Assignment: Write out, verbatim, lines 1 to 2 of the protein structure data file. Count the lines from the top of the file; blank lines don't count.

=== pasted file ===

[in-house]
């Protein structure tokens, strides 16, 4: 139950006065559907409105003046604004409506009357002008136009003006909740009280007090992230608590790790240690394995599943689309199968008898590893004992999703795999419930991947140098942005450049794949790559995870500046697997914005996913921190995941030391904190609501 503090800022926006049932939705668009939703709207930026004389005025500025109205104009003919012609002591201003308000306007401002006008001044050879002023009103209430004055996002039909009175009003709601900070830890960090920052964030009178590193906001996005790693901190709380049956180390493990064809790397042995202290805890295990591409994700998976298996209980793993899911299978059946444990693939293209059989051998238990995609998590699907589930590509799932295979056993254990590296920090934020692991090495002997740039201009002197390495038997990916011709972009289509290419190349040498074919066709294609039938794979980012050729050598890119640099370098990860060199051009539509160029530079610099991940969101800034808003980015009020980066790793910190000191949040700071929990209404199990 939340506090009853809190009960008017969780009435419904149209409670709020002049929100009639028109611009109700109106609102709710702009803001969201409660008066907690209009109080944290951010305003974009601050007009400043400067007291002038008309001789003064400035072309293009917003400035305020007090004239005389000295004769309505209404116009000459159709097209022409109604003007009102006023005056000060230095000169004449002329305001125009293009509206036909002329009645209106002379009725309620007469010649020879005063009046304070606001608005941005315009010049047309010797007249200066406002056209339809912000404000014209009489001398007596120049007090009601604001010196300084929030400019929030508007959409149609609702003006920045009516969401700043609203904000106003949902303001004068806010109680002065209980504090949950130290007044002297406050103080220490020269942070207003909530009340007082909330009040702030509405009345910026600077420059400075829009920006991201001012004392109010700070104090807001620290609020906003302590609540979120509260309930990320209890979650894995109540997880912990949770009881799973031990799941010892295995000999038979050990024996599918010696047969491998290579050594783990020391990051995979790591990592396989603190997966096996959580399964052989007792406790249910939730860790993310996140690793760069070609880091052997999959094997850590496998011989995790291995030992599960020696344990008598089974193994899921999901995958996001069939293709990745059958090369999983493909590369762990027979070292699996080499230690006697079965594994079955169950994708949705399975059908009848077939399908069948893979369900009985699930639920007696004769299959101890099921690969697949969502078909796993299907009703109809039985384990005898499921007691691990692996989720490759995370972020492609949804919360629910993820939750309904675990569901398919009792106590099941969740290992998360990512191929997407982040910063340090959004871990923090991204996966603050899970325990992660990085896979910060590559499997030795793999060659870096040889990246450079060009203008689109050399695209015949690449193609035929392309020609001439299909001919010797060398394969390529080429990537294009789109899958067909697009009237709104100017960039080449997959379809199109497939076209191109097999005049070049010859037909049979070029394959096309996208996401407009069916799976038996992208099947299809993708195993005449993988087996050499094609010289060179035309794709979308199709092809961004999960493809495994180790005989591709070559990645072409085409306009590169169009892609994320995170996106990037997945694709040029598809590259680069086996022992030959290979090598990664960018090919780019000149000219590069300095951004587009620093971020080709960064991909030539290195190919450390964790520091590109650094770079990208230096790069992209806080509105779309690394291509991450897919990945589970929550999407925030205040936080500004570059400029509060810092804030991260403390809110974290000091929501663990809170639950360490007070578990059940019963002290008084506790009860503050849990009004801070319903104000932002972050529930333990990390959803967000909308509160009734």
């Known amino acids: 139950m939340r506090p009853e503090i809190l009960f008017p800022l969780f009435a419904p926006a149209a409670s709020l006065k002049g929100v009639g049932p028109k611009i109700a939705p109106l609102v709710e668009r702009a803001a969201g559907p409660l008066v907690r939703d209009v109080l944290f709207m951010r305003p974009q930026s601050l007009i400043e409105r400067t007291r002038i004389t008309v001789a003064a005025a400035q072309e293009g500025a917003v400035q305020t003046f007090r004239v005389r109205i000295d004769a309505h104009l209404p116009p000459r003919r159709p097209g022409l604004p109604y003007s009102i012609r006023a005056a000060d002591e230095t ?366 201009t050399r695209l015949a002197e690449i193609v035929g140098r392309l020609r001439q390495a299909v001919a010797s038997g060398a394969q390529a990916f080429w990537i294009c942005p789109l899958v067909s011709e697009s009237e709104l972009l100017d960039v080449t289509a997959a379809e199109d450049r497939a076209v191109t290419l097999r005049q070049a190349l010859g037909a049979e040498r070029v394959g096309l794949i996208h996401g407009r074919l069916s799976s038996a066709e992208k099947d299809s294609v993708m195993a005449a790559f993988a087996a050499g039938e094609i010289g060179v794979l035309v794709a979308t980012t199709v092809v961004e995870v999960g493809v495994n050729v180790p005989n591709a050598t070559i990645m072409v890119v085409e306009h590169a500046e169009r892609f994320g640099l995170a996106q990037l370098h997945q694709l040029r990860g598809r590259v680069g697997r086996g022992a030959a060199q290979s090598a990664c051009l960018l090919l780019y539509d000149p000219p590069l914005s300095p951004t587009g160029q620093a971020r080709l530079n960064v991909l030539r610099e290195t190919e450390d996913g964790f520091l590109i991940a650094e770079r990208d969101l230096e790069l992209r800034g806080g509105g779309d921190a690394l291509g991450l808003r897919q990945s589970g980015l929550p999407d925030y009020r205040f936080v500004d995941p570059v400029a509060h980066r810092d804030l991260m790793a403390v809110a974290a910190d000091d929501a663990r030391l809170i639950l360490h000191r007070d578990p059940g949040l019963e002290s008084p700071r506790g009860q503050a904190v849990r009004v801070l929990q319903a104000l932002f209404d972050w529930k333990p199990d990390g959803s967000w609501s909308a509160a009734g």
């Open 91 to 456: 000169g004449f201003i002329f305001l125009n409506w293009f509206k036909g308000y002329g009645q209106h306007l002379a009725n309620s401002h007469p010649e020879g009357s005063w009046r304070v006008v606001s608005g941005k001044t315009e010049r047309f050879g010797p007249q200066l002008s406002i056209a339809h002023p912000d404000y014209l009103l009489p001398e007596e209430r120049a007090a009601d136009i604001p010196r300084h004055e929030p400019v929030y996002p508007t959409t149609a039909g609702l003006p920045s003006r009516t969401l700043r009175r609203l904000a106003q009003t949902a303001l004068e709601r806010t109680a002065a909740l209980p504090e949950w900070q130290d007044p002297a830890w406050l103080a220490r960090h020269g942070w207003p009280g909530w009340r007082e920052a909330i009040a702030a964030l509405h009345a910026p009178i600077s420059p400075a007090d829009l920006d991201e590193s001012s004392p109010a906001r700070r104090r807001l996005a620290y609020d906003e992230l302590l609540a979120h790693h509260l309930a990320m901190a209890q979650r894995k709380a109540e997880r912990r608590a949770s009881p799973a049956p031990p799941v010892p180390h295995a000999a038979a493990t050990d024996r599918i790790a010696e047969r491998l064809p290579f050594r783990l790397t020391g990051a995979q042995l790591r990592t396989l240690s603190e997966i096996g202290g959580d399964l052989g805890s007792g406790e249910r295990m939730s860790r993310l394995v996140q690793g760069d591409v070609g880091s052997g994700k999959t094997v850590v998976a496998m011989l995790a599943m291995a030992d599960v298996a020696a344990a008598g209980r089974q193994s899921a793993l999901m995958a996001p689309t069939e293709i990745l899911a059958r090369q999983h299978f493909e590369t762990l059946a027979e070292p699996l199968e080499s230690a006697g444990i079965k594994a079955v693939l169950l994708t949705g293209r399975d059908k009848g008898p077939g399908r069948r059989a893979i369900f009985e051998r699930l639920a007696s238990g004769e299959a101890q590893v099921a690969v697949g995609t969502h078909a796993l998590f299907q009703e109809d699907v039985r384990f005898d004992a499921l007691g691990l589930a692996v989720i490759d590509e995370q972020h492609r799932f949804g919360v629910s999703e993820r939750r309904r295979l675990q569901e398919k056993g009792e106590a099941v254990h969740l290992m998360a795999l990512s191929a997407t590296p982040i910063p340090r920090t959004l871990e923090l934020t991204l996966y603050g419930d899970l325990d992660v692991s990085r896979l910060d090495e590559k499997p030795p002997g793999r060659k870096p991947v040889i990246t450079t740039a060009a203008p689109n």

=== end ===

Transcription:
[in-house]
């Protein structure tokens, strides 16, 4: 139950006065559907409105003046604004409506009357002008136009003006909740009280007090992230608590790790240690394995599943689309199968008898590893004992999703795999419930991947140098942005450049794949790559995870500046697997914005996913921190995941030391904190609501 503090800022926006049932939705668009939703709207930026004389005025500025109205104009003919012609002591201003308000306007401002006008001044050879002023009103209430004055996002039909009175009003709601900070830890960090920052964030009178590193906001996005790693901190709380049956180390493990064809790397042995202290805890295990591409994700998976298996209980793993899911299978059946444990693939293209059989051998238990995609998590699907589930590509799932295979056993254990590296920090934020692991090495002997740039201009002197390495038997990916011709972009289509290419190349040498074919066709294609039938794979980012050729050598890119640099370098990860060199051009539509160029530079610099991940969101800034808003980015009020980066790793910190000191949040700071929990209404199990 939340506090009853809190009960008017969780009435419904149209409670709020002049929100009639028109611009109700109106609102709710702009803001969201409660008066907690209009109080944290951010305003974009601050007009400043400067007291002038008309001789003064400035072309293009917003400035305020007090004239005389000295004769309505209404116009000459159709097209022409109604003007009102006023005056000060230095000169004449002329305001125009293009509206036909002329009645209106002379009725309620007469010649020879005063009046304070606001608005941005315009010049047309010797007249200066406002056209339809912000404000014209009489001398007596120049007090009601604001010196300084929030400019929030508007959409149609609702003006920045009516969401700043609203904000106003949902303001004068806010109680002065209980504090949950130290007044002297406050103080220490020269942070207003909530009340007082909330009040702030509405009345910026600077420059400075829009920006991201001012004392109010700070104090807001620290609020906003302590609540979120509260309930990320209890979650894995109540997880912990949770009881799973031990799941010892295995000999038979050990024996599918010696047969491998290579050594783990020391990051995979790591990592396989603190997966096996959580399964052989007792406790249910939730860790993310996140690793760069070609880091052997999959094997850590496998011989995790291995030992599960020696344990008598089974193994899921999901995958996001069939293709990745059958090369999983493909590369762990027979070292699996080499230690006697079965594994079955169950994708949705399975059908009848077939399908069948893979369900009985699930639920007696004769299959101890099921690969697949969502078909796993299907009703109809039985384990005898499921007691691990692996989720490759995370972020492609949804919360629910993820939750309904675990569901398919009792106590099941969740290992998360990512191929997407982040910063340090959004871990923090991204996966603050899970325990992660990085896979910060590559499997030795793999060659870096040889990246450079060009203008689109050399695209015949690449193609035929392309020609001439299909001919010797060398394969390529080429990537294009789109899958067909697009009237709104100017960039080449997959379809199109497939076209191109097999005049070049010859037909049979070029394959096309996208996401407009069916799976038996992208099947299809993708195993005449993988087996050499094609010289060179035309794709979308199709092809961004999960493809495994180790005989591709070559990645072409085409306009590169169009892609994320995170996106990037997945694709040029598809590259680069086996022992030959290979090598990664960018090919780019000149000219590069300095951004587009620093971020080709960064991909030539290195190919450390964790520091590109650094770079990208230096790069992209806080509105779309690394291509991450897919990945589970929550999407925030205040936080500004570059400029509060810092804030991260403390809110974290000091929501663990809170639950360490007070578990059940019963002290008084506790009860503050849990009004801070319903104000932002972050529930333990990390959803967000909308509160009734």